With the Jury set, the trial started right on time and started off on the attack. The prosecution demanded the death penalty for Ernest. They opened up by stating that Ernest would admit to his crimes but pretend that he thought someone else was after him. They brought several eyewitnesses to the crime that indicated they saw what had happened and that it would be impossible for Ernest to mistake who was after him. The most damming testimony would come from Officer Campbell. Officer Campbell had spoken to Ernest when he stopped on 23rd street. Ernest knew that at that time that they were police officers. They were both in uniform, clearly had badges on, and were driving a patrol car. It was hard to mistake otherwise. They also brought Ernest’s girlfriend to the stand, who stated that he lied to her about his identity, and they then brought Mr. Case to the stand, who said to the jury that when they were taken by gunpoint, Ernest clearly stated that he was being chased by the police.  

When the prosecution rested, the defense called Ernest Oglesby to the stand. Ernest was well-spoken and tried to explain to the jury that this was all just a misunderstanding gone horribly wrong. He knew that he did wrong, but in his eyes, he was only defending himself. When Officer Campbell was holding onto the back of his car, he was scared that he thought he would shoot him. So he fired first. He claimed that he had no idea that the burglar tools and weapons were in the trunk. They belonged to the man from whom he bought the car.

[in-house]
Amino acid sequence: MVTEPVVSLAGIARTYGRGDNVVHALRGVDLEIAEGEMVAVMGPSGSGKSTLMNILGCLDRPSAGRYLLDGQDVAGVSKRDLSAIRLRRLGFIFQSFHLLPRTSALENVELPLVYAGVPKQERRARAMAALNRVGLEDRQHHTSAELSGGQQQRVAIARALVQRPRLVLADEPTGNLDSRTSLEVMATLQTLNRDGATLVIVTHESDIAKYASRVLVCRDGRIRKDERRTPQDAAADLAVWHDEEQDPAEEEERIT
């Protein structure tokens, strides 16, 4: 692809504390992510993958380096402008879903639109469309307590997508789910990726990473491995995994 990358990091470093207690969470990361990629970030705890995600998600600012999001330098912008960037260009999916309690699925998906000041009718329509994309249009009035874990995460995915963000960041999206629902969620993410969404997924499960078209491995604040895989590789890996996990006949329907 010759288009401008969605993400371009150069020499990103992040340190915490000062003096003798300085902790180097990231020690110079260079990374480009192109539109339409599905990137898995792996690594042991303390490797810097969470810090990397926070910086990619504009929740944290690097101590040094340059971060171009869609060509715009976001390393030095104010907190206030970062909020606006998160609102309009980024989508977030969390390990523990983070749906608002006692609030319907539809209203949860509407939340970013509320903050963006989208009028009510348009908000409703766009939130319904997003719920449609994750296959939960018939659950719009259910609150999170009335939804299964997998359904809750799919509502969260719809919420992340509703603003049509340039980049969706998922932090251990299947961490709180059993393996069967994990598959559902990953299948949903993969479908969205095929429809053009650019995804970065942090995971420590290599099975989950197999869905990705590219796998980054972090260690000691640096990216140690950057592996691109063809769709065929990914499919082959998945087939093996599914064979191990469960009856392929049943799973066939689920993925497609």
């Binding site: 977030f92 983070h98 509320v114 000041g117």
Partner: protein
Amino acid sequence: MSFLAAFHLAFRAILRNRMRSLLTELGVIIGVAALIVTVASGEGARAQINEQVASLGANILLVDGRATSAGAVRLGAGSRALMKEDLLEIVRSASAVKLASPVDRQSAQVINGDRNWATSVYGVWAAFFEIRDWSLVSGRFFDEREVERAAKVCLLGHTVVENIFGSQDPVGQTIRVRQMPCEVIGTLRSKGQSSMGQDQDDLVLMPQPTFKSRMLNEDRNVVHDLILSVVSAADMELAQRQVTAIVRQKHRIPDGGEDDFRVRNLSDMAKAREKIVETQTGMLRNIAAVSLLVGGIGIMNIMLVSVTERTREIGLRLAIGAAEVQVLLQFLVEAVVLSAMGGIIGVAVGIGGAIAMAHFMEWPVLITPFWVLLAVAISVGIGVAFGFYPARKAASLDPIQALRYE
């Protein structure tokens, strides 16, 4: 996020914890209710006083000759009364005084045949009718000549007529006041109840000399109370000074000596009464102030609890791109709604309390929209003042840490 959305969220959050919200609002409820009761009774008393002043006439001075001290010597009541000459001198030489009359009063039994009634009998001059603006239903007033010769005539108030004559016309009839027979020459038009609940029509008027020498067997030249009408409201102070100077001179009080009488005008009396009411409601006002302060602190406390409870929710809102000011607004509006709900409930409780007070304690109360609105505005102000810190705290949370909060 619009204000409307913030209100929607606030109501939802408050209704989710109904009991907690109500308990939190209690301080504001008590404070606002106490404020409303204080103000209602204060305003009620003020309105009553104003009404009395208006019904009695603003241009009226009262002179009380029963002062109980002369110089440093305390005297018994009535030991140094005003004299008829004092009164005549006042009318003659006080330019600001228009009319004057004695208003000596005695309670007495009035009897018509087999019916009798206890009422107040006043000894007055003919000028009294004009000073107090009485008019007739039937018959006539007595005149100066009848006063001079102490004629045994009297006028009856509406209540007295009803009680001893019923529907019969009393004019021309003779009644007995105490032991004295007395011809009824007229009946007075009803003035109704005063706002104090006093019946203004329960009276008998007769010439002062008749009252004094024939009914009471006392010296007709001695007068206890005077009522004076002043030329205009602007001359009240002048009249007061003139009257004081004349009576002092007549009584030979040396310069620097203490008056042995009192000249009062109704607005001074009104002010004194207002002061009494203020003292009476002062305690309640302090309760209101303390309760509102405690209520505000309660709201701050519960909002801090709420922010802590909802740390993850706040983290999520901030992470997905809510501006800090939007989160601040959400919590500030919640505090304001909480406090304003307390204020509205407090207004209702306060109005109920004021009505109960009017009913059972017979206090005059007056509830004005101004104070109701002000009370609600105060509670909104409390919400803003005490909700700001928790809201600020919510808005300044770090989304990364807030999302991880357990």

When the jury received the case, they deliberated for 35 minutes and then announced that they had a verdict. This was an ominous sign that they had quickly decided, and it could be a surprise win for either side.  

The jury was brought back into the courtroom, and they pronounced Ernest Oglesby guilty of murder. They recommended death as the penalty.  

After the verdict, Earnest was removed from the courtroom. On his way to death row, he spoke to a reported who followed him to the car. He said, “I don’t think I got a fair trial. In fact, I know I didn’t. I’m going to fight this to the finish. They didn’t convict me of that shooting. That want to burn me because I had those guns and that stolen car that belonged to someone else and because I went to the pen in Texas.”  

Ernest fought the verdict but lost all his appeals. On January 4th, 1935, Ernest Oglesby was brought into the death chamber in McAlester State Prison. He was greeted by a large crowd of over 200 people. He stated to the crowd, “I hope God will forgive everyone who helped put me here.” 

Ernest Oglesby was then strapped to the electric chair, the electrodes were put into place. When the switch was flipped, Ernest was dead just a short few minutes later.  

This was an interesting case. At one time, all of the Oglesby brothers were ended by their outlaw ways. They never had the same success as their cousins, but they had quite the impact, especially here in Oklahoma. If Earnest had been kept in prison, all of this would have been avoided. But the lax laws and practices at the time resulted in one of the most significant mishaps in the state’s history. Ernest should have never got out of prison so quickly.  

Newspaper Clipping and more will be added shortly.